Intermittent-Fasting: The Ultimate Compromise?
There is another option though, one that offers a more strategic approach to tapping into longevity benefits without sacrificing performance or catabolizing muscle-mass.  It is a relatively, newly recognized and controversial strategy known as Intermittent-Fasting.  In fact many of us by default have been fasting to some degree, even if unintended simply because we’re busy, on the go, or don’t have access to food every minute of the day.  But now the fitness nerds have given it an official label and Intermittent Fasting is the latest weight-loss buzz, (not to be incorrectly confused with ‘yo-yo dieting’ which is still bad.).  Fitness trends & fads come & go and get recycled with different names, but with all sincerity I have found some actual validity and value to Intermittent-Fasting and will attempt to sum it up for you right now, but first a confession.
Before I go any further, like most of my fitness colleagues this strategy contradicts what we’ve been telling you for the past 10 years, and I’m the first to admit this.  You’ve been hearing things like, “Eat 5 to 6 times a day” and to "graze throughout the day to keep your metabolism stoked".  We’ve told you not to skip breakfast.  We’ve told you that if you exercise regularly you become insulin-sensitive and glucose-tolerant and that insulin can be your anabolic friend.  We’ve told you to keep the protein flowing every 2 to 3 hours so you don’t risk becoming catabolic and breaking down your own precious muscle tissue for energy and repair.  We’ve told you that carbohydrates provide the BEST fuel for high-intensity cardio exercise and strength training and that you have to eat prior to exercise for optimal performance.  Yes I’m guilty of telling you all this, but in as far as I can tell all of this still holds true when athletic performance, gaining muscle, and improving lean-body mass are your primary training goals!  But Intermittent Fasting does have value when applied correctly: When you need to correct insulin dysfunction, shed a lot of body fat, or desire to focus on incorporating anti-aging - then you truly should consider adding Intermittent Fasting into your training plan.

How Intermittent Fasting Works & How to Apply I.F.

How does Intermittent Fasting work?  Simply put, exactly like it sounds:  Every other day or at least 3 times per week, fast (Do not eat!  Liquids are okay), for about a 12 to 14 hour period of the day.  To maximize the fat-burning, Growth-Hormone triggering and anti-aging effects, be sure to EXERCISE for at least 30 minutes during this fasting period, preferably high-intensity cardio or high-intensity interval training (HIIT) cardio.  Studies so far, show that metabolism is actually boosted, fat-burning physiology is utilized, Growth Hormone is triggered, insulin is minimized to zero, muscles become insulin-sensitive, systemic inflammation is reduced, and the hunger-signaling hormone Ghrelin is reset.  This is an acute-fasting period, strategically incorporated into days where athletic performance is not paramount, because your physical performance will be degraded to some degree while training so depleted.  However, surprisingly muscle-catabolism (breakdown) has shown to be negligible due to stored glycogen and amino acids within the liver that are mobilized by cortisol and caffiene during exercise.  However, if you are concerned with muscle-catabolism then it is feasible to ingest some BCAAs or perhaps even 20 grams of protein before your workout.  Obviously, with everything else remaining equal, if we add in 3 days of intermittent-fasting per week, unless we make-up for those lost calories somewhere else, we are going to lose weight - hopefully mostly body fat - so be aware and check your specs!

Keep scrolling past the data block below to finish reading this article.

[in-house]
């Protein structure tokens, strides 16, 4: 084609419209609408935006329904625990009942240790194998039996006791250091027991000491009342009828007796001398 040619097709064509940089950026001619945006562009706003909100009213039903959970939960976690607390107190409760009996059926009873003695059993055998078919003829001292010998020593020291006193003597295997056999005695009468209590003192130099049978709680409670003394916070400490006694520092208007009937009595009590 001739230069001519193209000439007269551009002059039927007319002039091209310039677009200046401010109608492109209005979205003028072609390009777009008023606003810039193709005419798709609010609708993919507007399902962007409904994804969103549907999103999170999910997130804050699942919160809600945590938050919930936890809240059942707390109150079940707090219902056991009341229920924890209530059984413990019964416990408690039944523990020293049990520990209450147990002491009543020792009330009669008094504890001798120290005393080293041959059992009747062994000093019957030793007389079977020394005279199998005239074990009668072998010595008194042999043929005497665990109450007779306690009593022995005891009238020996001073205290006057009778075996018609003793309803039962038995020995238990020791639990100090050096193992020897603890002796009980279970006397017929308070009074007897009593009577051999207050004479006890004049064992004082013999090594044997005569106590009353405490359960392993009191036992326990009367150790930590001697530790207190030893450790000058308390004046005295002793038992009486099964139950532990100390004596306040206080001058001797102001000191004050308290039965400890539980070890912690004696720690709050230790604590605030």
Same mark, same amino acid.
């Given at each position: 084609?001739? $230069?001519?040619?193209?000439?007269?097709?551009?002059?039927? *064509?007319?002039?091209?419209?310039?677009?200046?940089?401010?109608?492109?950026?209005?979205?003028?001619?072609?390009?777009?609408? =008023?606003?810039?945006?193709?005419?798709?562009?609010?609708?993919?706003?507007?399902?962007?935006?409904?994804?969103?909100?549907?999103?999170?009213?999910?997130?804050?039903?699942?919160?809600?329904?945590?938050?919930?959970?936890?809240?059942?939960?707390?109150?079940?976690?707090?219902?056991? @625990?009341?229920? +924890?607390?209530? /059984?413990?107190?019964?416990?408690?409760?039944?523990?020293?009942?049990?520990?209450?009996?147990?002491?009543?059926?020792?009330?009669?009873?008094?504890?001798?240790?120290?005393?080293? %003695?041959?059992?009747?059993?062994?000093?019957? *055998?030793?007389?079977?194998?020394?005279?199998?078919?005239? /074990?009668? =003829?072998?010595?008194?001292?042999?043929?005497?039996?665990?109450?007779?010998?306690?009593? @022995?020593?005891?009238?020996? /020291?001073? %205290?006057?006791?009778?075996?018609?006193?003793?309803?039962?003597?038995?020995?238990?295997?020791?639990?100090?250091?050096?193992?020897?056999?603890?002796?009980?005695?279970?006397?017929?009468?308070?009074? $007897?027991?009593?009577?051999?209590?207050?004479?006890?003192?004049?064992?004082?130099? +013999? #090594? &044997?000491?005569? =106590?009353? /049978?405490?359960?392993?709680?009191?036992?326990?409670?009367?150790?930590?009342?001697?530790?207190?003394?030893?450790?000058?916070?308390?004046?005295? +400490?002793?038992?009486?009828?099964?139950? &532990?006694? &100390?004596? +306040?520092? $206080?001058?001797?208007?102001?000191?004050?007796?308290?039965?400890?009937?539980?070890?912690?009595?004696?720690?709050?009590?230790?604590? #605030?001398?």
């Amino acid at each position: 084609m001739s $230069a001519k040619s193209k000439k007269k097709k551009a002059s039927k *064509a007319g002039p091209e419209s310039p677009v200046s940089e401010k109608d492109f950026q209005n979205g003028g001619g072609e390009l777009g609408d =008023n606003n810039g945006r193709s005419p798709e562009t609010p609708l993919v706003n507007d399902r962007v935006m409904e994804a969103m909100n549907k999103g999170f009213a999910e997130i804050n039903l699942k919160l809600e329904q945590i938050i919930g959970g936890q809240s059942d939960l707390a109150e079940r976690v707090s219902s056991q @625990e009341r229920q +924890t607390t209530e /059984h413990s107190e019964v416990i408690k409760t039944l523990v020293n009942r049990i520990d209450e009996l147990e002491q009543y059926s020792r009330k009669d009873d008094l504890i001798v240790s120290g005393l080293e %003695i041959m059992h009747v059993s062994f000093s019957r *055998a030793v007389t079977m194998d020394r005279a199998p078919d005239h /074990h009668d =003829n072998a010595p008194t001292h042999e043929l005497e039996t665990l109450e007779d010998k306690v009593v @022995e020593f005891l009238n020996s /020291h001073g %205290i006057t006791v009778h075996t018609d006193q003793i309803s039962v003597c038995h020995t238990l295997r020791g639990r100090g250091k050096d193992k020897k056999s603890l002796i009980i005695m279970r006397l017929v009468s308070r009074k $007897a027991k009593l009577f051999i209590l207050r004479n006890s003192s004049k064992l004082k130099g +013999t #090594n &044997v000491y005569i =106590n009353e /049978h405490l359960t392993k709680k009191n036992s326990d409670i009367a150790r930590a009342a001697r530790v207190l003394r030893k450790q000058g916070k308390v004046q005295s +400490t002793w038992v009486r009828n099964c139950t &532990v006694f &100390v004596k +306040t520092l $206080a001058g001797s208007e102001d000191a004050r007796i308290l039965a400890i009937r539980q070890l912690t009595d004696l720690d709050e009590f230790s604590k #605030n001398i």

Most who have had success using Intermittent Fasting (and make no mistake the jury is still out on the long term success of this strategy for now), begin their fasting phase while sleeping at night.  It is the most practical and physiological ideal way to acquire the initial 8 hours of fasting, but instead of ‘breaking the fast’ during breakfast, they then perform their first workout of the day upon waking on an empty stomach to maximize fat-burning and Growth Hormone secretion (typically cardio exercise).  Although high-intensity exercise uses primarily carbohydrates and glycogen for fuel, the fasting will help deplete your glycogen levels quicker, forcing you to access back-up fat stores & sky-rocketing your metabolism for hours afterwards (thanks to EPOC effect.)  Going intense enough to accumulate lactic-acid build-up/burn in the muscles will further enhance Growth Hormone trigger.  (Growth Hormone is the most powerful lean-body mass and restorative hormone we produce).  Serious athletes and bodybuilders should consider ingesting 20 to 40 grams of protein post-workout even if they want to continue their fast to the full 12 to 14 hours to enhance muscle-recovery and minimize catabolism.  NOTE:  This is a liquid-tolerant fast, so drink plenty of water, especially to assist your body to detox!  Coffee, tea and other non-caloric drinks may also be consumed during the fast.  Once your fast is complete, you can immediately go right back into your normal training plan diet.  Carbo-loading may be worth considering if you’re an athlete with a race or huge workout approaching.  Carbo-loading is actually enhanced post fast, due to depleted glycogen stores, increased insulin-sensitivity and improved glucose-metabolism, so it can be accomplished in a shorter amount of time.

Fasting Has Always Existed in Almost Every Culture in History - It's Natural & Intuitive

For me personally, though I have not yet written about or advocated fasting for other than cleansing and detox purposes thus far, I’ve actually always been applying it in my own life, out of sheer intuition because at certain times it just felt right.  Like when I go fly the jet on a redeye for 7 hours straight and then straight to the hotel layover to day-sleep.  My body is used to not eating during those late hours anyway, so why would I just because I’m flying?  Why not enter into a long fat-burning window?  Or if I do, I would naturally go low-carb to minimize insulin trigger.  During back to back flying over a 2 day period I often cut my calories by 1/2 and will do my cardio on an empty stomach at very high-intensity, since I was basically living an acute, sedentary lifestyle for that period.  In a way you too can probably sense that Intermittent Fasting is natural and intuitive and even common sense, and maybe you’ve already been applying it intermittently!  Every culture throughout history has advocated fasting in some form or another, whether it be for religous beliefs, detox, political leverage, longevity or now, now weight-loss.  But watch out folks, all the so-called fitness experts have now given it an official name and are beginning to buzz about it!  But if anybody ever tries to sell you a 'Fasting Kit or Plan' - do yourself a favor and runaway from them!  Here’s to our health and longevity.  Here’s to looking into your children’s eyes and knowing you will be around to enjoy them growing up, or if you’re like me, trying to keep up with them on the playing fieldJ